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Aflatoxin accumulation in corn influenced by cultural practices in the U.S. Mid‐South

Williams J. J., W. B. Henry, J. S. Smith, N. W. Buehring, D. L. Boykin
Crop science 2021 v.61 no.1 pp. 729-738
Marietta, Zea mays, aflatoxins, animal and human health, corn, deficit irrigation, drought tolerance, hybrids, irrigation rates, sandy loam soils, silty clay loam soils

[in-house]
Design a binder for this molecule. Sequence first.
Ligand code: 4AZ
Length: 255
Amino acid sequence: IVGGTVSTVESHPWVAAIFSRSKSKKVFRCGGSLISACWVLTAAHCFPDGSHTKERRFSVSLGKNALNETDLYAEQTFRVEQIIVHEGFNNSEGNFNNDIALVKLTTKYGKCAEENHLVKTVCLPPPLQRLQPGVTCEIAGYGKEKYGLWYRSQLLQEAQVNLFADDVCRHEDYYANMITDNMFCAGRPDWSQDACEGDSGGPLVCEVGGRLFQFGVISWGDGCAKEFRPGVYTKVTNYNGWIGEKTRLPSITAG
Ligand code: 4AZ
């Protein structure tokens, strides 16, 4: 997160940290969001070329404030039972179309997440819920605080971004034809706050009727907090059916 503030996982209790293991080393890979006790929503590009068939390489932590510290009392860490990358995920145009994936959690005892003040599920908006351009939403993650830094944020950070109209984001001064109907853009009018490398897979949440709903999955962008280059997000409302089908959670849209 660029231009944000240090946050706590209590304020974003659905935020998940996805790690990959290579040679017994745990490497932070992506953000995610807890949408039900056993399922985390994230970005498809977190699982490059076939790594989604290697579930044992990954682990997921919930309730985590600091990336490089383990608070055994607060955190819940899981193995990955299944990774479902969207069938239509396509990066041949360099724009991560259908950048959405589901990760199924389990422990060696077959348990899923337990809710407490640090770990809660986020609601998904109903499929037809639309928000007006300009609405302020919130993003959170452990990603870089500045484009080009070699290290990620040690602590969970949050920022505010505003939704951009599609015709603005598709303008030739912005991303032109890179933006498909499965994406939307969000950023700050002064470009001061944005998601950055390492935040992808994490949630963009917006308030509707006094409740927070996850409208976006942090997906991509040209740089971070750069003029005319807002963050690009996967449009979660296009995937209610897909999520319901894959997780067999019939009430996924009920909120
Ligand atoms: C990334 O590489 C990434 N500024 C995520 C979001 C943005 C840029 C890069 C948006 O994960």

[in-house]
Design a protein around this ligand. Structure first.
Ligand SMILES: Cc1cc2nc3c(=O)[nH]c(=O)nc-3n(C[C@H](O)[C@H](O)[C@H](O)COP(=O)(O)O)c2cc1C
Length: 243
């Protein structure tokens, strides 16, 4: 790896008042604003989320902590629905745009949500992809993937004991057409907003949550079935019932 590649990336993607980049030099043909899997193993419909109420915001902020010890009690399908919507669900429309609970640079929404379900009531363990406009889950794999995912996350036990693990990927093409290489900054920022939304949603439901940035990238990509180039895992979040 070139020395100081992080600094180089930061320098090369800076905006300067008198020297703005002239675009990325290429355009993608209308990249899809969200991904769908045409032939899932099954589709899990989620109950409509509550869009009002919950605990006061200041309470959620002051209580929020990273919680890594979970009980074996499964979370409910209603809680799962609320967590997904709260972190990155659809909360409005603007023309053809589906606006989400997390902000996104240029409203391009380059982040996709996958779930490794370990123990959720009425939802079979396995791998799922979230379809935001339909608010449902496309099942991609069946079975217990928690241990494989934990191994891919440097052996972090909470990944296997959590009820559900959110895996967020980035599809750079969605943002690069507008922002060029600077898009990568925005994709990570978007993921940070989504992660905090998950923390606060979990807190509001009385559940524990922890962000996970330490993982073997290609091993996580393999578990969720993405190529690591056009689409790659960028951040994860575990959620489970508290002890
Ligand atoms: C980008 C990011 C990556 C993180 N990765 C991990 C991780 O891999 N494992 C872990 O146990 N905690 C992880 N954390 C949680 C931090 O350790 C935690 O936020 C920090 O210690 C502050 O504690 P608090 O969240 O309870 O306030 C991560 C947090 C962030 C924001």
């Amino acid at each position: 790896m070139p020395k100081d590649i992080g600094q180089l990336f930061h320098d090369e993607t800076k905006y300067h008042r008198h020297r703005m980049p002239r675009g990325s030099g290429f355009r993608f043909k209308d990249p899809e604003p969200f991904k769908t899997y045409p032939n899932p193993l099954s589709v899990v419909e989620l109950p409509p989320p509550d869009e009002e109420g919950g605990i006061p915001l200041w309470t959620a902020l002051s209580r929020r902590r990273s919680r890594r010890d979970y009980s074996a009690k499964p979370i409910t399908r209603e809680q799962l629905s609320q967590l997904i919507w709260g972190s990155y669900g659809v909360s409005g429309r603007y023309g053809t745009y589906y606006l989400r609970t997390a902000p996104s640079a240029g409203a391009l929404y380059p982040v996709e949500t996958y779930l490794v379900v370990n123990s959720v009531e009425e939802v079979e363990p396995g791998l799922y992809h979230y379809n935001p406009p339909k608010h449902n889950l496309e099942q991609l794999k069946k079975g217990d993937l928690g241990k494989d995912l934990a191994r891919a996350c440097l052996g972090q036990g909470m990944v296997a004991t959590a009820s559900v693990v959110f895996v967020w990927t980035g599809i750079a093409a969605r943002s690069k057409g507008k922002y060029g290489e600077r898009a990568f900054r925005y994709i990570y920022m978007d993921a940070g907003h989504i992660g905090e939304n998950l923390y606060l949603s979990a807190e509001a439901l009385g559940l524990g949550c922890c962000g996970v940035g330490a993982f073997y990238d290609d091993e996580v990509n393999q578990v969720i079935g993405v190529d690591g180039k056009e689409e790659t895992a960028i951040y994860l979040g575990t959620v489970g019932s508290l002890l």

Aflatoxin contamination in corn (Zea mays L.) grain negatively affects human and animal health. This research was conducted to determine if interactions among cultural practices influence aflatoxin accumulation on inoculated and naturally infested corn. Season‐long irrigation thresholds (full irrigation at −50 kPa vs. deficit irrigation at −125 kPa), planting date (late March vs. late April), and hybrid selection (conventional short‐season, drought‐tolerant full‐season, or conventional full‐season) were evaluated for their influence on aflatoxin accumulation. Experiments were conducted on a Marietta fine sandy loam and a Leeper silty clay loam near Starkville and Verona, MS, in 2016 and 2017, respectively. Needle‐inoculated and noninoculated ears were harvested from each plot. Noninoculated samples indicated that year (p = .0013) and planting date × hybrid type interaction (p = .0263) affected aflatoxin accumulation. The first year of the study produced greater average aflatoxin levels than the second year due to hotter and drier growing conditions for noninoculated samples. Pooled over years, planting later only affected conventional short‐season hybrids, increasing aflatoxin levels by 77% in naturally infested corn. Inoculated samples were affected by a year × planting date interaction (p = .0044) and a planting date × hybrid type interaction (p = .0032). Planting in March 2016 increased aflatoxin more than threefold compared with planting in April, whereas there was no difference between planting date in 2017. Overall, year, planting date, and hybrid type affected aflatoxin levels.